Mapping multiple quantitative trait loci (QTL) is commonly viewed as a problem of model selection. Various model selection criteria have been proposed, primarily in the non-Bayesian framework. The deviance information criterion (DIC) is the most popular criterion for Bayesian model selection and model comparison but has not been applied to Bayesian multiple QTL mapping. A derivation of the DIC is presented for multiple interacting QTL models and calculation of the DIC is demonstrated using posterior samples generated by Markov chain Monte Carlo (MCMC) algorithms. The DIC measures posterior predictive error by penalizing the fit of a model (deviance) by its complexity, determined by the effective number of parameters. The effective number of parameters simultaneously accounts for the sample size, the cross design, the number and lengths of chromosomes, covariates, the number of QTL, the type of QTL effects, and QTL effect sizes. The DIC provides a computationally efficient way to perform sensitivity analysis and can be used to quantitatively evaluate if including environmental effects, gene-gene interactions, and/or gene-environment interactions in the prior specification is worth the extra parameterization. The DIC has been implemented in the freely available package R/qtlbim, which greatly facilitates the general usage of Bayesian methodology for genome-wide interacting QTL analysis.
complex trait; deviance; DIC; model selection and comparison; quantitative trait loci
The assumption of proportional hazards (PH) fundamental to the Cox PH model sometimes may not hold in practice. In this paper, we propose a generalization of the Cox PH model in terms of the cumulative hazard function taking a form similar to the Cox PH model, with the extension that the baseline cumulative hazard function is raised to a power function. Our model allows for interaction between covariates and the baseline hazard and it also includes, for the two sample problem, the case of two Weibull distributions and two extreme value distributions differing in both scale and shape parameters. The partial likelihood approach can not be applied here to estimate the model parameters. We use the full likelihood approach via a cubic B-spline approximation for the baseline hazard to estimate the model parameters. A semi-automatic procedure for knot selection based on Akaike’s Information Criterion is developed. We illustrate the applicability of our approach using real-life data.
censored survival data analysis; crossing hazards; Frailty model; maximum likelihood; regression; spline function; Akaike information criterion; Weibull distribution; extreme value distribution
Regression on the basis function of B-splines has been advocated as an alternative to orthogonal polynomials in random regression analyses. Basic theory of splines in mixed model analyses is reviewed, and estimates from analyses of weights of Australian Angus cattle from birth to 820 days of age are presented. Data comprised 84 533 records on 20 731 animals in 43 herds, with a high proportion of animals with 4 or more weights recorded. Changes in weights with age were modelled through B-splines of age at recording. A total of thirteen analyses, considering different combinations of linear, quadratic and cubic B-splines and up to six knots, were carried out. Results showed good agreement for all ages with many records, but fluctuated where data were sparse. On the whole, analyses using B-splines appeared more robust against "end-of-range" problems and yielded more consistent and accurate estimates of the first eigenfunctions than previous, polynomial analyses. A model fitting quadratic B-splines, with knots at 0, 200, 400, 600 and 821 days and a total of 91 covariance components, appeared to be a good compromise between detailedness of the model, number of parameters to be estimated, plausibility of results, and fit, measured as residual mean square error.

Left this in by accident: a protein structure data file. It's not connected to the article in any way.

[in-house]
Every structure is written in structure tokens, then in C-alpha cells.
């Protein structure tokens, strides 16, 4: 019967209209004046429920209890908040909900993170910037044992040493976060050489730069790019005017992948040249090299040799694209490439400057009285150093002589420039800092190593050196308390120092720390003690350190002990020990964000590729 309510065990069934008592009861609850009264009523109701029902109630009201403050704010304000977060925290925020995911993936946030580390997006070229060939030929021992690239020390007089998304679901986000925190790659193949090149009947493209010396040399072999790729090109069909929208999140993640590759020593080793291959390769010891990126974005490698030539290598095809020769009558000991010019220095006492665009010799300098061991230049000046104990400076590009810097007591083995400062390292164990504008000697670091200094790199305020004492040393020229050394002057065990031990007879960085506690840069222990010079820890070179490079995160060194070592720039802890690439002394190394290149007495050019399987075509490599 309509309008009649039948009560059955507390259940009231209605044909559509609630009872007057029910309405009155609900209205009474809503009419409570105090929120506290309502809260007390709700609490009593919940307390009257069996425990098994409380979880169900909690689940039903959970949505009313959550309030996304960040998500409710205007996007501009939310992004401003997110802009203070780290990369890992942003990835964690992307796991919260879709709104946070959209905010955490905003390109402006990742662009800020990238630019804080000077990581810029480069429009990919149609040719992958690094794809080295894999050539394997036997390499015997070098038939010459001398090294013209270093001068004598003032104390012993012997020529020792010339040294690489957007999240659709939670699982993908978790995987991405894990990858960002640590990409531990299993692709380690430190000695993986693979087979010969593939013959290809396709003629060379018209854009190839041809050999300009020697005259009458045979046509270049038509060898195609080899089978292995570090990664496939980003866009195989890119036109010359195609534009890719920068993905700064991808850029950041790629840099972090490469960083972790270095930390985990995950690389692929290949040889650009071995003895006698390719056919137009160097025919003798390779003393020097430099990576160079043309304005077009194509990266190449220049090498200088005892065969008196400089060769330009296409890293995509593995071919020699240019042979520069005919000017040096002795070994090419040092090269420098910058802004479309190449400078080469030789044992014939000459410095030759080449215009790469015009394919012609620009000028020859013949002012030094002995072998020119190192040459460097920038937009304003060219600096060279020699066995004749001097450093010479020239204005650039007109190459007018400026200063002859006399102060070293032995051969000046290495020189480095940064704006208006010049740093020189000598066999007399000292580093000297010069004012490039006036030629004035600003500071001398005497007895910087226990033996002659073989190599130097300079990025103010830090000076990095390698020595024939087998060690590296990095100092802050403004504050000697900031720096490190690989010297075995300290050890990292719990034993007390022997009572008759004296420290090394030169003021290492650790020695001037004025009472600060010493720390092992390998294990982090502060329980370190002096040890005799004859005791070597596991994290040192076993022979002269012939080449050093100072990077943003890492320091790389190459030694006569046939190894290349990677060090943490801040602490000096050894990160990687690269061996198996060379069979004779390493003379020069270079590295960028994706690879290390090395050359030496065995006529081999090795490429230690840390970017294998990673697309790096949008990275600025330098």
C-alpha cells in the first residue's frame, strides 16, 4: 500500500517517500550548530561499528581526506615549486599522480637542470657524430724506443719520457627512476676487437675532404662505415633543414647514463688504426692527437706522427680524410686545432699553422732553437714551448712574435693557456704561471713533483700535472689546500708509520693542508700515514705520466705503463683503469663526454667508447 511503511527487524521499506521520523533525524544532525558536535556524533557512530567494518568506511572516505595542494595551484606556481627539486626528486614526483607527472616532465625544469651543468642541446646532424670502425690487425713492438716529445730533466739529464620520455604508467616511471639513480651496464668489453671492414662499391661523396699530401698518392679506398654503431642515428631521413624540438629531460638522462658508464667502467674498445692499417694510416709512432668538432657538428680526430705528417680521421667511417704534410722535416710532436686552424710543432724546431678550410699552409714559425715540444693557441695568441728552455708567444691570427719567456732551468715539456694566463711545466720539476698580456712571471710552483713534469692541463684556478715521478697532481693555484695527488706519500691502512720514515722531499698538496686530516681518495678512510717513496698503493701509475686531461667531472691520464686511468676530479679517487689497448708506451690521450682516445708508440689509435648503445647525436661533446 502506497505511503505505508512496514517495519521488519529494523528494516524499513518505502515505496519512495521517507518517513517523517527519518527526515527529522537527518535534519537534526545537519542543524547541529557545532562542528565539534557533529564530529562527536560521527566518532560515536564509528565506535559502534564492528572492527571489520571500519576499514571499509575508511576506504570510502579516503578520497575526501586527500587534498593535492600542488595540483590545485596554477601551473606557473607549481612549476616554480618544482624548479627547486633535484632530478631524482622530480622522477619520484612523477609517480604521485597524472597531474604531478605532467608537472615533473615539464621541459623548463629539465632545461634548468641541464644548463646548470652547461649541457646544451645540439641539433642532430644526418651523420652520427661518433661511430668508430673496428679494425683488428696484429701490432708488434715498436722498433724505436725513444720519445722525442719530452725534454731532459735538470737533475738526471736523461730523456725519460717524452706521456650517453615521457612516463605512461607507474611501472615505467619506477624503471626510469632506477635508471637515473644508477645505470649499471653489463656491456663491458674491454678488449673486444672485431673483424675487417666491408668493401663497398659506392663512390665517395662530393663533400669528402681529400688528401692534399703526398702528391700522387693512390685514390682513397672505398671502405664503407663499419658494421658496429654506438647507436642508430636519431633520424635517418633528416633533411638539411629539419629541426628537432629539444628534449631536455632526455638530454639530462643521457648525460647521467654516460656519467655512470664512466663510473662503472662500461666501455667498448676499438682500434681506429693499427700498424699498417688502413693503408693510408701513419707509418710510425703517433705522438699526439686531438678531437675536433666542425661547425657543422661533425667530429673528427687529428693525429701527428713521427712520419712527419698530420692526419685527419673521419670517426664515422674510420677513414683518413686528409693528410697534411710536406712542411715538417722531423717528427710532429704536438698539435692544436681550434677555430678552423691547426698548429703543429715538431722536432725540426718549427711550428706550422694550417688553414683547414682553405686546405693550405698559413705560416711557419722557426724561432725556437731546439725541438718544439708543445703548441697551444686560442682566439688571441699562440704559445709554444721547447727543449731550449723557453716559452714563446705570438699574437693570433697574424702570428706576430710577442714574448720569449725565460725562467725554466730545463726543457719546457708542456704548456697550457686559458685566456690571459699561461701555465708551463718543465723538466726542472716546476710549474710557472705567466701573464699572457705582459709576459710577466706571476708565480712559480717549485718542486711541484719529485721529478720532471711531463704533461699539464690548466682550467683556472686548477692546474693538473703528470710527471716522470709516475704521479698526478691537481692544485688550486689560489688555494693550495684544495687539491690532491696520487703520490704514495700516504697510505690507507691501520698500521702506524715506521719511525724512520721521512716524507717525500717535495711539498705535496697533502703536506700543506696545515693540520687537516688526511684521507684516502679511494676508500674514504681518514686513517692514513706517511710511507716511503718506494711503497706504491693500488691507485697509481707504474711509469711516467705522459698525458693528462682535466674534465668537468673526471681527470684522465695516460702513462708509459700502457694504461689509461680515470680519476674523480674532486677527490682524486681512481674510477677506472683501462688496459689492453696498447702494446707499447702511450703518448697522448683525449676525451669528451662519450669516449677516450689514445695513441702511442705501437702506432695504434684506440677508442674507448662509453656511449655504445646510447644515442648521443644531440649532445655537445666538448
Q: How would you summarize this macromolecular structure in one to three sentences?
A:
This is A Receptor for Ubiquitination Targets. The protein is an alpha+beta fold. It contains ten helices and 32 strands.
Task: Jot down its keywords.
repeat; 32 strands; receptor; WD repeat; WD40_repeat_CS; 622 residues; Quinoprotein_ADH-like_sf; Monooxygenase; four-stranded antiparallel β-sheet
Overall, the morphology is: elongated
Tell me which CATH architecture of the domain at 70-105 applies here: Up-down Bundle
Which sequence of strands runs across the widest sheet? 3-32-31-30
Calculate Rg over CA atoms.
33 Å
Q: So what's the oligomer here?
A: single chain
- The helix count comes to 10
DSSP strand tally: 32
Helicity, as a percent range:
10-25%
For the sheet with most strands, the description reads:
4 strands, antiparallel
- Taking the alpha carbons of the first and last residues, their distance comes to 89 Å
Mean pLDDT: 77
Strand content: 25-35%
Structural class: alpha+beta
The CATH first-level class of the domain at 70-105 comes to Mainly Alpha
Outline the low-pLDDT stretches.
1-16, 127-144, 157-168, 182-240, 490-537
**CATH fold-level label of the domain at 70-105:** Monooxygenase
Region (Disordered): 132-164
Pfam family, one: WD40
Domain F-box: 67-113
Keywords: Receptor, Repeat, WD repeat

covariance function; growth; beef cattle; random regression; B-splines
Covariate-specific ROC curves are often used to evaluate the classification accuracy of a medical diagnostic test or a biomarker, when the accuracy of the test is associated with certain covariates. In many large-scale screening tests, the gold standard is subject to missingness due to high cost or harmfulness to the patient. In this paper, we propose a semiparametric estimation of the covariate-specific ROC curves with a partial missing gold standard. A location-scale model is constructed for the test result to model the covariates’ effect, but the residual distributions are left unspecified. Thus the baseline and link functions of the ROC curve both have flexible shapes. With the gold standard missing at random (MAR) assumption, we consider weighted estimating equations for the location-scale parameters, and weighted kernel estimating equations for the residual distributions. Three ROC curve estimators are proposed and compared, namely, imputation-based, inverse probability weighted and doubly robust estimators. We derive the asymptotic normality of the estimated ROC curve, as well as the analytical form the standard error estimator. The proposed method is motivated and applied to the data in an Alzheimer's disease research.